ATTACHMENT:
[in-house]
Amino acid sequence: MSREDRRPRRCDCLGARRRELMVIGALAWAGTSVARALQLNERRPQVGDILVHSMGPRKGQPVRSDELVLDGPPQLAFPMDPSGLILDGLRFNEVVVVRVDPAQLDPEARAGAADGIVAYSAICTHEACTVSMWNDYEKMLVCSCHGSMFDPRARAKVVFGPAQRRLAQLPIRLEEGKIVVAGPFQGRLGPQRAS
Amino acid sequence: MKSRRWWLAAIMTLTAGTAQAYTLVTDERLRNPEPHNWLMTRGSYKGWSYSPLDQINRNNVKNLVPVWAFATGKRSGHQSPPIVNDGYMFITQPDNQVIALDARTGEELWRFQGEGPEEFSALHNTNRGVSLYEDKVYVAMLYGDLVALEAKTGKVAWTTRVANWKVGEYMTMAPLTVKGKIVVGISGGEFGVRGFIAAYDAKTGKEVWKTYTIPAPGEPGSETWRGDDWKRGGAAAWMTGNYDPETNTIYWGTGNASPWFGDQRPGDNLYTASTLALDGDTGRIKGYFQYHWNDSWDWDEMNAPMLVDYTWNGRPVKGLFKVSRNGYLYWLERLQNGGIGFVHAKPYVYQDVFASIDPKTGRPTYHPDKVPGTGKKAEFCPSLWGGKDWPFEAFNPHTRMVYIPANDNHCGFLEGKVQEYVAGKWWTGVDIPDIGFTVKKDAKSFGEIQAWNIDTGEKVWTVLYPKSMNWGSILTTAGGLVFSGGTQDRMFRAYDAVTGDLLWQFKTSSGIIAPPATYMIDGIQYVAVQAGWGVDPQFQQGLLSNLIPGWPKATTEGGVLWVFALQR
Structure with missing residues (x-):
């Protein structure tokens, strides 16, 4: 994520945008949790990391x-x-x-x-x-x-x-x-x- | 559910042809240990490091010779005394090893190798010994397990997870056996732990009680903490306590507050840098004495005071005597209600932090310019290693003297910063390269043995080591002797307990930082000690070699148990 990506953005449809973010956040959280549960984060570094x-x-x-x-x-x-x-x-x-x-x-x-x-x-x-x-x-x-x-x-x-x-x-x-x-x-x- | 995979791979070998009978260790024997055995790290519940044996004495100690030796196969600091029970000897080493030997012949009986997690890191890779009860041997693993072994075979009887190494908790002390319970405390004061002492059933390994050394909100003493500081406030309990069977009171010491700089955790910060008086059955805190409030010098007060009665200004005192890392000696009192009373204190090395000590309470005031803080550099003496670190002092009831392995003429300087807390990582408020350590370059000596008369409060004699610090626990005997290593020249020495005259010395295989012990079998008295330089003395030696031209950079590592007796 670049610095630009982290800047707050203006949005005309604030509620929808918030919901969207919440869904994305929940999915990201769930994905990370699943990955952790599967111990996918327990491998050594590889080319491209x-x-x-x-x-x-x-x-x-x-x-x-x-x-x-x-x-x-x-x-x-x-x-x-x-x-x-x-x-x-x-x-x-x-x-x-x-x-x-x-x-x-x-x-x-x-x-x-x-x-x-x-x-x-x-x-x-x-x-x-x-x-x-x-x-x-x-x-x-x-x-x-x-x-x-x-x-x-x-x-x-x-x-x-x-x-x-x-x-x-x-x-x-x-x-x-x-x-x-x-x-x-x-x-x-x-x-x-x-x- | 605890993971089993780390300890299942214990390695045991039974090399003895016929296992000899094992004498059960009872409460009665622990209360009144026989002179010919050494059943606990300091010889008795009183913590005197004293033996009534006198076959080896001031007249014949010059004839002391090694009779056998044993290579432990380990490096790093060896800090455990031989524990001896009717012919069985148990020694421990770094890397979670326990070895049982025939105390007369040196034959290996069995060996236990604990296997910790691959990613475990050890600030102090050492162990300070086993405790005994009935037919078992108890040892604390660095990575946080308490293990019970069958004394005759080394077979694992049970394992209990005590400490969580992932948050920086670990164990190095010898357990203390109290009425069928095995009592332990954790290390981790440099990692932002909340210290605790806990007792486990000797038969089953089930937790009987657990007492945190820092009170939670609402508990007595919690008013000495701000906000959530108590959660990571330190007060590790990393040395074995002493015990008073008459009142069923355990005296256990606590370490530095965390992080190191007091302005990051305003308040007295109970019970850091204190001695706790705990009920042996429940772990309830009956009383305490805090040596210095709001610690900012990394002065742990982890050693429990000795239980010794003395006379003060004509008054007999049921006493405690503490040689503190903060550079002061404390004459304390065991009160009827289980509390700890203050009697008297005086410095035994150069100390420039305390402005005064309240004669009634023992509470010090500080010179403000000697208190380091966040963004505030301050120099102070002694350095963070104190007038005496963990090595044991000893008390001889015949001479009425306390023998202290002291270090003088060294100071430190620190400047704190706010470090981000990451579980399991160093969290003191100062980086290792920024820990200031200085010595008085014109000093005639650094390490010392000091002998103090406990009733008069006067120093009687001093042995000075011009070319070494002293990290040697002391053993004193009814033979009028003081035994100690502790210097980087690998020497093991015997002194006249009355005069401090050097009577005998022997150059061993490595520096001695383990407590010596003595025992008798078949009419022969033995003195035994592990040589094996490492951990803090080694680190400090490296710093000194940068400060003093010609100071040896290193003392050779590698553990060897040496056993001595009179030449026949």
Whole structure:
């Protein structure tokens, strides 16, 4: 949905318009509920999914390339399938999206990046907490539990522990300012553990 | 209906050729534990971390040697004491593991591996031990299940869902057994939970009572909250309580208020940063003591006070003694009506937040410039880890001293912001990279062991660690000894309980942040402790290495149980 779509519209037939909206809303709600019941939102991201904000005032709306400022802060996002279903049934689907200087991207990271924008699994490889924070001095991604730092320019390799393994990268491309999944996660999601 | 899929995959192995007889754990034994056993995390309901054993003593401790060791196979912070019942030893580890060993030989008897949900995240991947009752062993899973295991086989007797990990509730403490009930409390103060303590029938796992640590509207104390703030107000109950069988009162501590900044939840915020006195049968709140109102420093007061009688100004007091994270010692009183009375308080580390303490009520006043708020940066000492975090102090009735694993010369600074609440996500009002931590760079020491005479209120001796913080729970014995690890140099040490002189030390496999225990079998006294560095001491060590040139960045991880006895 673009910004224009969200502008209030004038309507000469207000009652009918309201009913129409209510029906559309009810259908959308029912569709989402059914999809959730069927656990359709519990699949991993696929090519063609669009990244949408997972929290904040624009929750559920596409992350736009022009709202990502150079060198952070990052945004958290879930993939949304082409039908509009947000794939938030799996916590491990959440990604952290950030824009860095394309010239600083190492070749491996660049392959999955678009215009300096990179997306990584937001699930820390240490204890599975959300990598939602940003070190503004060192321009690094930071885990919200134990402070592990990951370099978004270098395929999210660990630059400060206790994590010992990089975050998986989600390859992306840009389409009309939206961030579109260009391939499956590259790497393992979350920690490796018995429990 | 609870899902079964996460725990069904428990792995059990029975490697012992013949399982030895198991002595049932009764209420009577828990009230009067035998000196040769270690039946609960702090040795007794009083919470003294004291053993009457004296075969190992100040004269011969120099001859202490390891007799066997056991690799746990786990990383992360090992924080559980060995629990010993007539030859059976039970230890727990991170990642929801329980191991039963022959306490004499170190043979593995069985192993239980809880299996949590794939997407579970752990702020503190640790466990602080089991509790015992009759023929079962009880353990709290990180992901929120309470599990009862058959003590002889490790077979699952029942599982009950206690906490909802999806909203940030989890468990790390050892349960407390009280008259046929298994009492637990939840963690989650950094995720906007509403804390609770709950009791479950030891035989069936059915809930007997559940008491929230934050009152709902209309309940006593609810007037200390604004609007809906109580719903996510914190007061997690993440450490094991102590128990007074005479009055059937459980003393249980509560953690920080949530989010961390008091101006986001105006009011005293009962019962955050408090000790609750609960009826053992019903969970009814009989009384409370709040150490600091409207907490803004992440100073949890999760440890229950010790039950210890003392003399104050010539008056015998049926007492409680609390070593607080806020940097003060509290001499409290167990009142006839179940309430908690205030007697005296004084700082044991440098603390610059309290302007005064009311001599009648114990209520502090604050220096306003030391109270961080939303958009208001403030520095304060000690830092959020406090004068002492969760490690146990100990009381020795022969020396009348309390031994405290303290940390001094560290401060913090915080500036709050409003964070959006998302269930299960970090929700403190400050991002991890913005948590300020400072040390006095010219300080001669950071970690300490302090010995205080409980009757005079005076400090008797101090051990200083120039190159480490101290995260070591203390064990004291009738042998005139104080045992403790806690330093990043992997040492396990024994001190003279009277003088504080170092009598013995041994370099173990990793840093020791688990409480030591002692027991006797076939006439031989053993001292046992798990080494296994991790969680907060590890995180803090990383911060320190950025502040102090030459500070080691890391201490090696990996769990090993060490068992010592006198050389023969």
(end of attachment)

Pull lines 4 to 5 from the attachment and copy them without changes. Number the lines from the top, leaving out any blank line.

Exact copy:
Structure with missing residues (x-):
């Protein structure tokens, strides 16, 4: 994520945008949790990391x-x-x-x-x-x-x-x-x- | 559910042809240990490091010779005394090893190798010994397990997870056996732990009680903490306590507050840098004495005071005597209600932090310019290693003297910063390269043995080591002797307990930082000690070699148990 990506953005449809973010956040959280549960984060570094x-x-x-x-x-x-x-x-x-x-x-x-x-x-x-x-x-x-x-x-x-x-x-x-x-x-x- | 995979791979070998009978260790024997055995790290519940044996004495100690030796196969600091029970000897080493030997012949009986997690890191890779009860041997693993072994075979009887190494908790002390319970405390004061002492059933390994050394909100003493500081406030309990069977009171010491700089955790910060008086059955805190409030010098007060009665200004005192890392000696009192009373204190090395000590309470005031803080550099003496670190002092009831392995003429300087807390990582408020350590370059000596008369409060004699610090626990005997290593020249020495005259010395295989012990079998008295330089003395030696031209950079590592007796 670049610095630009982290800047707050203006949005005309604030509620929808918030919901969207919440869904994305929940999915990201769930994905990370699943990955952790599967111990996918327990491998050594590889080319491209x-x-x-x-x-x-x-x-x-x-x-x-x-x-x-x-x-x-x-x-x-x-x-x-x-x-x-x-x-x-x-x-x-x-x-x-x-x-x-x-x-x-x-x-x-x-x-x-x-x-x-x-x-x-x-x-x-x-x-x-x-x-x-x-x-x-x-x-x-x-x-x-x-x-x-x-x-x-x-x-x-x-x-x-x-x-x-x-x-x-x-x-x-x-x-x-x-x-x-x-x-x-x-x-x-x-x-x-x-x- | 605890993971089993780390300890299942214990390695045991039974090399003895016929296992000899094992004498059960009872409460009665622990209360009144026989002179010919050494059943606990300091010889008795009183913590005197004293033996009534006198076959080896001031007249014949010059004839002391090694009779056998044993290579432990380990490096790093060896800090455990031989524990001896009717012919069985148990020694421990770094890397979670326990070895049982025939105390007369040196034959290996069995060996236990604990296997910790691959990613475990050890600030102090050492162990300070086993405790005994009935037919078992108890040892604390660095990575946080308490293990019970069958004394005759080394077979694992049970394992209990005590400490969580992932948050920086670990164990190095010898357990203390109290009425069928095995009592332990954790290390981790440099990692932002909340210290605790806990007792486990000797038969089953089930937790009987657990007492945190820092009170939670609402508990007595919690008013000495701000906000959530108590959660990571330190007060590790990393040395074995002493015990008073008459009142069923355990005296256990606590370490530095965390992080190191007091302005990051305003308040007295109970019970850091204190001695706790705990009920042996429940772990309830009956009383305490805090040596210095709001610690900012990394002065742990982890050693429990000795239980010794003395006379003060004509008054007999049921006493405690503490040689503190903060550079002061404390004459304390065991009160009827289980509390700890203050009697008297005086410095035994150069100390420039305390402005005064309240004669009634023992509470010090500080010179403000000697208190380091966040963004505030301050120099102070002694350095963070104190007038005496963990090595044991000893008390001889015949001479009425306390023998202290002291270090003088060294100071430190620190400047704190706010470090981000990451579980399991160093969290003191100062980086290792920024820990200031200085010595008085014109000093005639650094390490010392000091002998103090406990009733008069006067120093009687001093042995000075011009070319070494002293990290040697002391053993004193009814033979009028003081035994100690502790210097980087690998020497093991015997002194006249009355005069401090050097009577005998022997150059061993490595520096001695383990407590010596003595025992008798078949009419022969033995003195035994592990040589094996490492951990803090080694680190400090490296710093000194940068400060003093010609100071040896290193003392050779590698553990060897040496056993001595009179030449026949």